This week in Memphis history: Feb. 28-March 6

Saturday, March 1, 2014, Vol. 10, No. 7

1974: On the front page of The Daily News, J.C. Penney Co. announced it would lease a new 508,700-square-foot hardware/automotive national distribution center in Southaven’s Freeport Industrial Park at State Line and Rostin roads. The center was being built by Boston-based Cabot, Cabot and Forbes Co. Southaven was still an unincorporated suburb at the time, governed by the DeSoto County government and growing in terms of economic development as growth in Whitehaven began to spill over across the state line. Southaven would be incorporated in 1981.

And Hugh Stanton Jr. was sworn in as the new Shelby County District Attorney General at the Shelby County Courthouse. He was District Attorney General for 16 years, appointed following the retirement of Phil Canale. Stanton ran that August when the office went on the countywide election ballot and beat future U.S. District Judge Odell Horton. The same day that Stanton took the oath of office, Edward G. Thompson was sworn in as Shelby County’s new public defender, replacing Stanton’s father, Hugh Stanton Sr.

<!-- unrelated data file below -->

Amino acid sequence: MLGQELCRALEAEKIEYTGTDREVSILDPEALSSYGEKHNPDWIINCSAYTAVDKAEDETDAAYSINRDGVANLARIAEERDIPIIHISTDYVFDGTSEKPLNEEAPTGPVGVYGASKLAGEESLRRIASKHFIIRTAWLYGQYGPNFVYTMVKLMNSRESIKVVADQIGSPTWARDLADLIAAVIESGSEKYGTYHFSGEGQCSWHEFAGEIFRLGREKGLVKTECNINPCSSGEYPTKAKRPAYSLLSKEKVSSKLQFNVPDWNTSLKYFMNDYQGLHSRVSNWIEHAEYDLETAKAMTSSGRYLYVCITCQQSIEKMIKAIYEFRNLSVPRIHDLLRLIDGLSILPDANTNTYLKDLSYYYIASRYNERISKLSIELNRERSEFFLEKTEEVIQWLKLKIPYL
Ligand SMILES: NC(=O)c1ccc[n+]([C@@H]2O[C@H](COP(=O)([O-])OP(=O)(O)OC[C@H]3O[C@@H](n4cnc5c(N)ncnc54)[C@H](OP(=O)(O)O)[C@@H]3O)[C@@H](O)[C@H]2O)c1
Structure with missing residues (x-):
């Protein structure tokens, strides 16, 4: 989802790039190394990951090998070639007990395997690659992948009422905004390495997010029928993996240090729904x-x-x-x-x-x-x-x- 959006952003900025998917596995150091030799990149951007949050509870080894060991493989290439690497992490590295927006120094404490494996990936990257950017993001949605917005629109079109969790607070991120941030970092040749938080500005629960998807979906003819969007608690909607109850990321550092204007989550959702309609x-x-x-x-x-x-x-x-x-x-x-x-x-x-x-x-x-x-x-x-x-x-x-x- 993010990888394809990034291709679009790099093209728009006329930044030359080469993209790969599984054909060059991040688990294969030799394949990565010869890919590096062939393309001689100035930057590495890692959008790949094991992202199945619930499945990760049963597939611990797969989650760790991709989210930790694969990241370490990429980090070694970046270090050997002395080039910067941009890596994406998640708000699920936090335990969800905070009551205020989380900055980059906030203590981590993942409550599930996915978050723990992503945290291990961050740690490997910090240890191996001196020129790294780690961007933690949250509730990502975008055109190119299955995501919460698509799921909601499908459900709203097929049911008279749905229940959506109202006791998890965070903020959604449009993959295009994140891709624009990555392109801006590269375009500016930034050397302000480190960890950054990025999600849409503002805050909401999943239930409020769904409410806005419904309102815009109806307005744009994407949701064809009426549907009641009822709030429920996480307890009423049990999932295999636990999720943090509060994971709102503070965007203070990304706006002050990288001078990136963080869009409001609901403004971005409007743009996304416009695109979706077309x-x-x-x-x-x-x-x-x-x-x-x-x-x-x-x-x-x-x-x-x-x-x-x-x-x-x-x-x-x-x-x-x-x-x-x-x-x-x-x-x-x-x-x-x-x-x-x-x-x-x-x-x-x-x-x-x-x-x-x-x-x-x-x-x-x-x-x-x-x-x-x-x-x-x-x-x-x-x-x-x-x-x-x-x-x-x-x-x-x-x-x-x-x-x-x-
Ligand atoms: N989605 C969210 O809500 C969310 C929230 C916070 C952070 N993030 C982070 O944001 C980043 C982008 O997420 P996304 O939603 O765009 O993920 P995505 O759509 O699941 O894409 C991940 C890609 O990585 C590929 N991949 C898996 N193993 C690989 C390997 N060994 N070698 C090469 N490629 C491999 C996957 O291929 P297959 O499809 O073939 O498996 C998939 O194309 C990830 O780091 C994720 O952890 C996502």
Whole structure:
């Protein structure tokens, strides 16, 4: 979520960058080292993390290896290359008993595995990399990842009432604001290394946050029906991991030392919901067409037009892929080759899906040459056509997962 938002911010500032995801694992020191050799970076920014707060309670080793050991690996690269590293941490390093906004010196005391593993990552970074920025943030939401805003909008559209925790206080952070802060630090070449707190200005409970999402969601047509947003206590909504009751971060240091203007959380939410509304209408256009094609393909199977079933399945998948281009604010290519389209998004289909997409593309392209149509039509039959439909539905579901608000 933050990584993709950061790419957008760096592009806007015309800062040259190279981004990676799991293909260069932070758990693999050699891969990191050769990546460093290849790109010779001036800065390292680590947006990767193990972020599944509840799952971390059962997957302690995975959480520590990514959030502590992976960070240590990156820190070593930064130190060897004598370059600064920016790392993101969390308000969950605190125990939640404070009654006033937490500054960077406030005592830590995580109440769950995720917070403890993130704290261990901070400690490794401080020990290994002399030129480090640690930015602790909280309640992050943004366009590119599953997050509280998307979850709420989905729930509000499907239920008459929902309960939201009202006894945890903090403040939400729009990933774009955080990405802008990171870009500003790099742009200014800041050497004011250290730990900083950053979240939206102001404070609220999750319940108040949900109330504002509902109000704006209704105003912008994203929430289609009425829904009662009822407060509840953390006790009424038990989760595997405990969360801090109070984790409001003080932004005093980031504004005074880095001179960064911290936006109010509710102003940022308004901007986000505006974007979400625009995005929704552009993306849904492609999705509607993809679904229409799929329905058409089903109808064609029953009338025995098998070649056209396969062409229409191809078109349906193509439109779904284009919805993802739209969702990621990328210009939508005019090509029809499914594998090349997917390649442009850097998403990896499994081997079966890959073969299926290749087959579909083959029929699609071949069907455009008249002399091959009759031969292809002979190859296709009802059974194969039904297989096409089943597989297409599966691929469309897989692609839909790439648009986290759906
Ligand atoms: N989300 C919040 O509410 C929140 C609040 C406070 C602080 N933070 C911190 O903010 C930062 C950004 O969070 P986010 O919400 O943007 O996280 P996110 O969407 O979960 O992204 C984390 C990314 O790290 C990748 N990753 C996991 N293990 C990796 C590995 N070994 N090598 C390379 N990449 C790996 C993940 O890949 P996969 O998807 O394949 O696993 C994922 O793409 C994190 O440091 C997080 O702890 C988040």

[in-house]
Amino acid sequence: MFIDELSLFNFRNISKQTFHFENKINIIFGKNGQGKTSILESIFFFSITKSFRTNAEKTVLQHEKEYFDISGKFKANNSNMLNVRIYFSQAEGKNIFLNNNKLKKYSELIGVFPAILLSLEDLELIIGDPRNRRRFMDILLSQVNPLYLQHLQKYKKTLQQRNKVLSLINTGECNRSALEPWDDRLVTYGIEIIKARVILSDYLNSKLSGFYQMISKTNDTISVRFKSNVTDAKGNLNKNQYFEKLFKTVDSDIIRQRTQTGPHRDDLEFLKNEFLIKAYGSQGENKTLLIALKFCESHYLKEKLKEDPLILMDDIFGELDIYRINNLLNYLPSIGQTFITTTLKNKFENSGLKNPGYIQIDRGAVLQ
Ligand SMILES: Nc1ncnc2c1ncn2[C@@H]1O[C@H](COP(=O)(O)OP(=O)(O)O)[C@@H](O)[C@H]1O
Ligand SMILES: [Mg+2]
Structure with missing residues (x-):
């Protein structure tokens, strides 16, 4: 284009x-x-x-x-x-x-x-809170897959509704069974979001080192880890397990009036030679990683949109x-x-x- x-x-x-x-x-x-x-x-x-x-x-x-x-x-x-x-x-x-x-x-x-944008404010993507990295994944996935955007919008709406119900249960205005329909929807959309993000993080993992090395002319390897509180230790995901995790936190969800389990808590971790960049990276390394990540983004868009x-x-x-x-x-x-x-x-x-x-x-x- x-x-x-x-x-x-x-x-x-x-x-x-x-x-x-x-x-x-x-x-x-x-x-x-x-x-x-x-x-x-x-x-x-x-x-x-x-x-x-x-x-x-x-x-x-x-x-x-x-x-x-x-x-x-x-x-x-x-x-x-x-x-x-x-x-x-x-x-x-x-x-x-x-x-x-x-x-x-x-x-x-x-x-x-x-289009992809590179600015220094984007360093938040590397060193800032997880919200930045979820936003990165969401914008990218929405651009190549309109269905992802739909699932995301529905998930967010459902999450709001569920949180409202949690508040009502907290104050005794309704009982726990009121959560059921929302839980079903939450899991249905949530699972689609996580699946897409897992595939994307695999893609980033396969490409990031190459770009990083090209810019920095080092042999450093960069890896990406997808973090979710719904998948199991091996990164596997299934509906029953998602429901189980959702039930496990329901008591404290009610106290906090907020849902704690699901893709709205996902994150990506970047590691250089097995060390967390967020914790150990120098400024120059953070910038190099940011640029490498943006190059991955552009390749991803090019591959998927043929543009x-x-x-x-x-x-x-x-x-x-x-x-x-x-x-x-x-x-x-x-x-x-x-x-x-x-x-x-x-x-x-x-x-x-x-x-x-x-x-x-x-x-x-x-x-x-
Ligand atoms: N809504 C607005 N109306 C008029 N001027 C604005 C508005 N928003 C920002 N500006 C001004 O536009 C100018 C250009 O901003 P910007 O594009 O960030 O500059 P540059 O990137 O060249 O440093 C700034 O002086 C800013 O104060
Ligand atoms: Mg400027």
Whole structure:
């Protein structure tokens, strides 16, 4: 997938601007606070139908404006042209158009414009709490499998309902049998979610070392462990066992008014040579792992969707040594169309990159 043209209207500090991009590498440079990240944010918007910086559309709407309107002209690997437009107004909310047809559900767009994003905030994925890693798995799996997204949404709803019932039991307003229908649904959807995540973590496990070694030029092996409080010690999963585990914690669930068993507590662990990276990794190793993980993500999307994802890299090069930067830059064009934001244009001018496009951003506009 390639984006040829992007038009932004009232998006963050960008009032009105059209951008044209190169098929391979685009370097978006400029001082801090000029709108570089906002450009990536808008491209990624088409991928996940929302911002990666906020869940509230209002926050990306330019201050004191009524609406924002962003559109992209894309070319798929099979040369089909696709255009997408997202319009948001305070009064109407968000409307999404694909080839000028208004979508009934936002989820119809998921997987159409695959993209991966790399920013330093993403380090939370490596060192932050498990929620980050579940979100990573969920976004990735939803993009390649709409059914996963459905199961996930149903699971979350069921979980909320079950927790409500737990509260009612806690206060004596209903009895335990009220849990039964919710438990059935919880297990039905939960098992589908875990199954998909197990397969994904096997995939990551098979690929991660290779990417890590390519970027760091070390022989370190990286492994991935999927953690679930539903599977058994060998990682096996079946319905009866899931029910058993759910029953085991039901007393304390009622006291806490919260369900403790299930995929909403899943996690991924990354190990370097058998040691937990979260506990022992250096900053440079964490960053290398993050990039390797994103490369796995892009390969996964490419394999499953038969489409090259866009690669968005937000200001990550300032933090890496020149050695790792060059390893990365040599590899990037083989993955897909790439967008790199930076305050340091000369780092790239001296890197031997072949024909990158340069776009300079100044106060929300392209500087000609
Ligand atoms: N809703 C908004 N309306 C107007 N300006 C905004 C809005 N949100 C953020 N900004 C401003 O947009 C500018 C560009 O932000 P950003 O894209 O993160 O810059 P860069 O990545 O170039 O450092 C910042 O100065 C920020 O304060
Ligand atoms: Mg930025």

1944: Among the new privilege licenses listed in The Daily News, Shelby Distributing Company, 2099 Madison Ave. for “five pinball machines, four music machines and two ray guns.”

1914: Memphis saloons surrendered their licenses as the latest development in the legal battle over state prohibition laws. However, Mayor E.H. Crump continued to no enforce prohibition in the city, which would lead to his eventual ouster.